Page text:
The killing of George Floyd has lifted the veil on the brutality experienced by Black people across the nation. But the only thing that is new is the widespread use of phone cameras to document the brutality. African Americans, Native Americans, and other people of color have been subjected to white supremacist violence since European settlers first arrived on these shores bringing people captured and enslaved in Africa.

When settlers first arrived in 1851, Chief Seattle and his people greeted them and helped them during their first difficult winters here on the Salish Sea. Chief Seattle believed his people could benefit from the inevitable arrival of the Americans by engaging in the increased trade and commerce created by the new economy. He and other tribal leaders envisioned success in a new society built on relationships of equality and mutual respect.

Those hopes were dashed when promises made in the treaties went unfulfilled, when lands were stolen from tribal peoples, when Native people were banned from the city of Seattle and longhouses burned, including Old Man House, home of Chief Seattle, here in Suquamish.

Many were killed, including Chief Leschi, leader of the Nisqually people, who was hanged by a citizen government in 1858.

Chief Seattle signed the Treaty of Point Elliott in 1855. The Treaty established the Port Madison Indian Reservation as our permanent home in exchange for the Tribe giving title to most of the Kitsap Peninsula to the U.S. government. But the federally appointed Indian agents sold much of our reserved land through the use of discriminatory federal laws. The U.S. military condemned 74 acres of our waterfront, inclusive of Old Man House, to build a military base. They never built the base, instead selling the land to a developer who subdivided into lots for vacation homes for visitors from Seattle.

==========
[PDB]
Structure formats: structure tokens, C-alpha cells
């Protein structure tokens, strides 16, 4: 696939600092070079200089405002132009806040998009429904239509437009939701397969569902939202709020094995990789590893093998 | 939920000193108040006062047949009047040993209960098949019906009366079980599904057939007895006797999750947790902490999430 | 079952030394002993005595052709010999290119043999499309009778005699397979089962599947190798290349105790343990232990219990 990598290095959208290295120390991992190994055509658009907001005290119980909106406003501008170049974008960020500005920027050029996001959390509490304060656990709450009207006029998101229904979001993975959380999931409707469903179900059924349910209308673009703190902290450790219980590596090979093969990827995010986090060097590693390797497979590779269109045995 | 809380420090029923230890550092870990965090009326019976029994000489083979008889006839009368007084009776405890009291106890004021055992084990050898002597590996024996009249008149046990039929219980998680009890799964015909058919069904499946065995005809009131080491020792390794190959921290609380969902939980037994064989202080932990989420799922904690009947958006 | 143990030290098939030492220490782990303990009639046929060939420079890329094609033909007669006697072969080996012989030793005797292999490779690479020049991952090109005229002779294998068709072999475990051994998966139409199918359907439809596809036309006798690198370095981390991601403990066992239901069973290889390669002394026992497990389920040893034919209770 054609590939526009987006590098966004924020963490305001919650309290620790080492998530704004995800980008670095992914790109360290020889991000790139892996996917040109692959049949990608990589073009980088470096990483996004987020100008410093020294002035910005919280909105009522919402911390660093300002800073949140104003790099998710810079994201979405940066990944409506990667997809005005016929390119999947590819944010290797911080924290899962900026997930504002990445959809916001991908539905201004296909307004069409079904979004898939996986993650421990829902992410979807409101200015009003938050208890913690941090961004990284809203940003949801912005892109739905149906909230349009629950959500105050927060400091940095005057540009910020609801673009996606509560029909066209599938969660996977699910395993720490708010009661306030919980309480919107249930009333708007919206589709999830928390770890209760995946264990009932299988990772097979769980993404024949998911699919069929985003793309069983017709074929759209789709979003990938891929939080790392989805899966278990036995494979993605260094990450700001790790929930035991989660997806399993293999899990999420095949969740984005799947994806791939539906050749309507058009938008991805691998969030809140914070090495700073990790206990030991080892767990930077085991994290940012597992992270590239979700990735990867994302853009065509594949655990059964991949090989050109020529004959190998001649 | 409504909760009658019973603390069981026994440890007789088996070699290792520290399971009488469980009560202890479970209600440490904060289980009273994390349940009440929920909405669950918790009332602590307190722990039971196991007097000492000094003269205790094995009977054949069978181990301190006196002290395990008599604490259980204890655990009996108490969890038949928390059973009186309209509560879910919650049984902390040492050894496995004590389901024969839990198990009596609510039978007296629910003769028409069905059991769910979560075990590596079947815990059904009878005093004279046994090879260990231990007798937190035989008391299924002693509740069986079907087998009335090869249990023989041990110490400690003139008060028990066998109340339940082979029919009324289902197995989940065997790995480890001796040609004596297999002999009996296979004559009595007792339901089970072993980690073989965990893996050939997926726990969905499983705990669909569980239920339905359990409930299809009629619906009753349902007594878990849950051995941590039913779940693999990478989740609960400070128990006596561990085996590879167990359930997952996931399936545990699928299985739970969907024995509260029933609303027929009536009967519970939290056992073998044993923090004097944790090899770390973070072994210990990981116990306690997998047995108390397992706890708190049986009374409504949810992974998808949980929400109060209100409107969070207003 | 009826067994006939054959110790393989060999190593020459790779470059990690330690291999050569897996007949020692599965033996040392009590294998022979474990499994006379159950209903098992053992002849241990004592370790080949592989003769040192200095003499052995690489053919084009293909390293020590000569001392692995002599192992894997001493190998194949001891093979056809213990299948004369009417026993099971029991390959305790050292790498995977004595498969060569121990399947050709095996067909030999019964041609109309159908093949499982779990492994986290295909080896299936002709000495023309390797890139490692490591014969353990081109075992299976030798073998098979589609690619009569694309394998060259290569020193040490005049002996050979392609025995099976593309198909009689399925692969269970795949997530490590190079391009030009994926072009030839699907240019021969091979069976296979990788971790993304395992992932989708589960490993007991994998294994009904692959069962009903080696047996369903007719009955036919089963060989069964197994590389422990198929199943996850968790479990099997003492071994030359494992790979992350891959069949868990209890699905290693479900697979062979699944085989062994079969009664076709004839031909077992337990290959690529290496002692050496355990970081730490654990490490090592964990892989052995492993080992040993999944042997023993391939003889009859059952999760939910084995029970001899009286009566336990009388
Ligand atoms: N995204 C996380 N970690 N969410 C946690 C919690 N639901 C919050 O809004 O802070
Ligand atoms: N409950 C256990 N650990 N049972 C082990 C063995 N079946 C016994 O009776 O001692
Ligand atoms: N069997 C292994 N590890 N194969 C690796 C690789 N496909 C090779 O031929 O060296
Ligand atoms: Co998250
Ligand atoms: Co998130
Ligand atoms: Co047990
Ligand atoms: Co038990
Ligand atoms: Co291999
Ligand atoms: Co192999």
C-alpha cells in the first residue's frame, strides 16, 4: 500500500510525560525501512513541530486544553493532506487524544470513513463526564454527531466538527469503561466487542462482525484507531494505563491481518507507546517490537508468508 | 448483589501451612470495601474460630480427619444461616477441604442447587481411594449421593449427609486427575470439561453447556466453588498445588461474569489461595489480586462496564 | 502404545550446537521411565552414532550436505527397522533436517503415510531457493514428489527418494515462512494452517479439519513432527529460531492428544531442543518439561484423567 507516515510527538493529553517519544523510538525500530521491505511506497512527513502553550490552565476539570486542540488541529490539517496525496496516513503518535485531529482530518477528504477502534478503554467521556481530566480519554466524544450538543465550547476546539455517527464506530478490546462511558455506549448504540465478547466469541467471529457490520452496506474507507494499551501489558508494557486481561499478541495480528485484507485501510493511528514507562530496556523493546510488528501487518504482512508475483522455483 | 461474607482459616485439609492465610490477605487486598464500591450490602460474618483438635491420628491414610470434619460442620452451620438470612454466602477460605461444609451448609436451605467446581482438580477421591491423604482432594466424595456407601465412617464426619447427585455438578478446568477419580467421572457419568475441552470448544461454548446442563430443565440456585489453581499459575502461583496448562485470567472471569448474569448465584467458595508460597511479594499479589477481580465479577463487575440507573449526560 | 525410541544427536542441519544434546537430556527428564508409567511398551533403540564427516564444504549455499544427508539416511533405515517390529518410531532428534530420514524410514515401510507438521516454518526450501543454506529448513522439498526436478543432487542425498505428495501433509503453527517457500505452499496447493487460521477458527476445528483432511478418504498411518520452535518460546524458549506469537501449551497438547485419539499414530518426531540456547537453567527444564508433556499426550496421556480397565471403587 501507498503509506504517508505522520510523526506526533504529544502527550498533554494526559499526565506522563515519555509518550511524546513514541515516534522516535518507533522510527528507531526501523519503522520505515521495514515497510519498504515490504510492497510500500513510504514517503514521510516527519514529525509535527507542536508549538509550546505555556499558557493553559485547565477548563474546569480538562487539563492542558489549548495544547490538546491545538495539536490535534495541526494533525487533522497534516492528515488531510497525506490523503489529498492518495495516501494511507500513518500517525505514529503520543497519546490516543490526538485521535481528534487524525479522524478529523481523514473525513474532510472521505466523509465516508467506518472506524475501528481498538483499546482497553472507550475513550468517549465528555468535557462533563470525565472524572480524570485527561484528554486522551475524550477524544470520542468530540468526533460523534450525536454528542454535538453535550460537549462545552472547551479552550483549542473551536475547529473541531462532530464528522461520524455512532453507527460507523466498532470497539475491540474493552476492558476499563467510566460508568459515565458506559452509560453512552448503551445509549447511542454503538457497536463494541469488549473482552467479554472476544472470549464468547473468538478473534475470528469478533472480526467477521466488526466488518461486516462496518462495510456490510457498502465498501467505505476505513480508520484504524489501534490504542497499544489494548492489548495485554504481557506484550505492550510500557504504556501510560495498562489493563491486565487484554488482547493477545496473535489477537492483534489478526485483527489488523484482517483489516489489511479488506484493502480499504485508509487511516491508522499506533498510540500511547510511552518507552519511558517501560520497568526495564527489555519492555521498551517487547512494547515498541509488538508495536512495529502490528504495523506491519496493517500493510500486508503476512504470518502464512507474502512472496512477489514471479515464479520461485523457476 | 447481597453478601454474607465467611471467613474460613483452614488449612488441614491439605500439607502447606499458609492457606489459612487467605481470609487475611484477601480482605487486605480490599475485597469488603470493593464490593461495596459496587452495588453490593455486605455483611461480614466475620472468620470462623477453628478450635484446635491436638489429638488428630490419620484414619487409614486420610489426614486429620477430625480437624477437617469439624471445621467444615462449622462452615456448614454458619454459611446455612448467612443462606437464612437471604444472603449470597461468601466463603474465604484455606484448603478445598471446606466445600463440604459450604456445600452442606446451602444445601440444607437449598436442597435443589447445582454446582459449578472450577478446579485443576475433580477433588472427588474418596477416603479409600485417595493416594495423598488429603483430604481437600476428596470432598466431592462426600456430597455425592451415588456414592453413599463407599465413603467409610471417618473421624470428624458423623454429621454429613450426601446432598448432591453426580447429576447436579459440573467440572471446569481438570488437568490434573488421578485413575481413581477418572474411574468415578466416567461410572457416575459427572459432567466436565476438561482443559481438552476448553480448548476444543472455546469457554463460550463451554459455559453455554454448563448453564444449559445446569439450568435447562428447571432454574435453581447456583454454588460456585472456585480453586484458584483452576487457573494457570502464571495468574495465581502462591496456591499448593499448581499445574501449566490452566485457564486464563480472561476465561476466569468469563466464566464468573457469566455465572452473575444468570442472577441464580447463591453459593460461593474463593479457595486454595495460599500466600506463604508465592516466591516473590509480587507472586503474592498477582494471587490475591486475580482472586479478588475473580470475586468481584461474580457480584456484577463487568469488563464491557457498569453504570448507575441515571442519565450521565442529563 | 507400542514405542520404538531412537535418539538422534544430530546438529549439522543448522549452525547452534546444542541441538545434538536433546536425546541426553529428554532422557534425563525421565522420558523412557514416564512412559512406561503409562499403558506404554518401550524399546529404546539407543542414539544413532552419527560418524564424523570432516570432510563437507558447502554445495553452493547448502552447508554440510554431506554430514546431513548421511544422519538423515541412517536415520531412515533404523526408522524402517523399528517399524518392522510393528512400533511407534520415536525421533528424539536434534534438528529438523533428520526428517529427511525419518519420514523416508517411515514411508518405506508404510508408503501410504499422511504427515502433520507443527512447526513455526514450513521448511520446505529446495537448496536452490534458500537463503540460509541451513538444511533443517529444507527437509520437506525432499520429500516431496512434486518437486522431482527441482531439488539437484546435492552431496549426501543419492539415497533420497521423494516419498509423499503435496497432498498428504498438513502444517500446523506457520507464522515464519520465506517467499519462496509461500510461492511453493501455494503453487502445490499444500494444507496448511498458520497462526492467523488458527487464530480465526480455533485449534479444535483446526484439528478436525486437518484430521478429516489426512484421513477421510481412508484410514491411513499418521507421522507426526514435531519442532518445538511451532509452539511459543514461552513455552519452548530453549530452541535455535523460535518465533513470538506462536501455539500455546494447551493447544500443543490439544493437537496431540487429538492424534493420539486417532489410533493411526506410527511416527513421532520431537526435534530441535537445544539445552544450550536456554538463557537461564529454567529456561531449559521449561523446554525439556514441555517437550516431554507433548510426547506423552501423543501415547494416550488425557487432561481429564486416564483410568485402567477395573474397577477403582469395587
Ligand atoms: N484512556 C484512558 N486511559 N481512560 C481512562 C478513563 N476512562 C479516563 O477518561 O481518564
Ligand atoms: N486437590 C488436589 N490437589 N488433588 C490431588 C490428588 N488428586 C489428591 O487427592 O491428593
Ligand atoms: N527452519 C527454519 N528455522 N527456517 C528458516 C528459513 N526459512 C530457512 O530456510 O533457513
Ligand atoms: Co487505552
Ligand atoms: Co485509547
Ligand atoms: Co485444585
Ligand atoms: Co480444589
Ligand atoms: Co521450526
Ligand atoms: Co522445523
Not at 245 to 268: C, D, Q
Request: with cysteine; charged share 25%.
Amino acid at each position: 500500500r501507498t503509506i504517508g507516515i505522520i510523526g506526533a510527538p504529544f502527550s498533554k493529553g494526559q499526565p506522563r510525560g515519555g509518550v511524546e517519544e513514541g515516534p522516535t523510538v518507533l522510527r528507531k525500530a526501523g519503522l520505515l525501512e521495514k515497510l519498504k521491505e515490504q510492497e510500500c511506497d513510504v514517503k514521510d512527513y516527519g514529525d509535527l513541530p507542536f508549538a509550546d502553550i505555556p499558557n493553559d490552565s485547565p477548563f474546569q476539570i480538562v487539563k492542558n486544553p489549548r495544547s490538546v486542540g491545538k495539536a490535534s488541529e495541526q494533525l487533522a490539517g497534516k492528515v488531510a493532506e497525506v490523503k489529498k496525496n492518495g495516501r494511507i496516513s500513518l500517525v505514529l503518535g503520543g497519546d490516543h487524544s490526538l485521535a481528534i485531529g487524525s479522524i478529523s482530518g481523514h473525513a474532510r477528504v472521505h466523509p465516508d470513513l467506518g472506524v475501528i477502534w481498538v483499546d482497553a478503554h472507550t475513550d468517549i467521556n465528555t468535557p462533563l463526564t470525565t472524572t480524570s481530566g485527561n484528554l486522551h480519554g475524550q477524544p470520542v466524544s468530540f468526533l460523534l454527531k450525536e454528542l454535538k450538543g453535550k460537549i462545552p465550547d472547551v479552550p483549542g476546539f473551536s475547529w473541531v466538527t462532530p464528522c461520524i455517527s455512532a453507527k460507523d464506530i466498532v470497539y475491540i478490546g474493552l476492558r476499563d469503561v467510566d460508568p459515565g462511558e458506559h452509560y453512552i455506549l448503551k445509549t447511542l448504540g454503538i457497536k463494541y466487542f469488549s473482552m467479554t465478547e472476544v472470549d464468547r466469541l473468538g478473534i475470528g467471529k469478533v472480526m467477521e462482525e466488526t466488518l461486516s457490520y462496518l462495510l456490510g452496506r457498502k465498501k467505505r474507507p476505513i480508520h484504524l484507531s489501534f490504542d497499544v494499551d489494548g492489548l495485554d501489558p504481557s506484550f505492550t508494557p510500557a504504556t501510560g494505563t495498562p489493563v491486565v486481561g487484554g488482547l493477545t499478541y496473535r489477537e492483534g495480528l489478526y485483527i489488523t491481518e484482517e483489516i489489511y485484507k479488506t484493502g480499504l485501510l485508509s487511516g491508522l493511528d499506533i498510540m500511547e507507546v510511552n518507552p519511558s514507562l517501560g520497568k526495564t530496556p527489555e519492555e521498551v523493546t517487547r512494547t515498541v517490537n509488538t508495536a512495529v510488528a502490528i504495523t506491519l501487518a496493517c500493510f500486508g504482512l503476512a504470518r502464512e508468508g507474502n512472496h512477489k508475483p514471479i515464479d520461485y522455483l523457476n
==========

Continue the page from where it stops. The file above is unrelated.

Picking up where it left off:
Perhaps the most devastating of all was the taking of our children by force and coercion to attend distant boarding schools, where speaking our language or practicing our traditions was cruelly punished. This experience has created generational trauma that we are still addressing today.

Our ways of life are built on fishing, hunting, and gathering shellfish, and here, too, simply making a living required us to confront law enforcement and armed vigilantes attempting to prevent us from exercising our treaty rights. Tribal members were arrested, fired upon, and jailed for casting a net or digging shellfish on the beach. We have made progress since those days of conflict here in Kitsap County, as demonstrated by many of our elected leaders who recognize our Treaty rights and engage in government-to-government consultation and negotiations with us on a regular basis. Our hands go up to those elected officials. We have more work to do.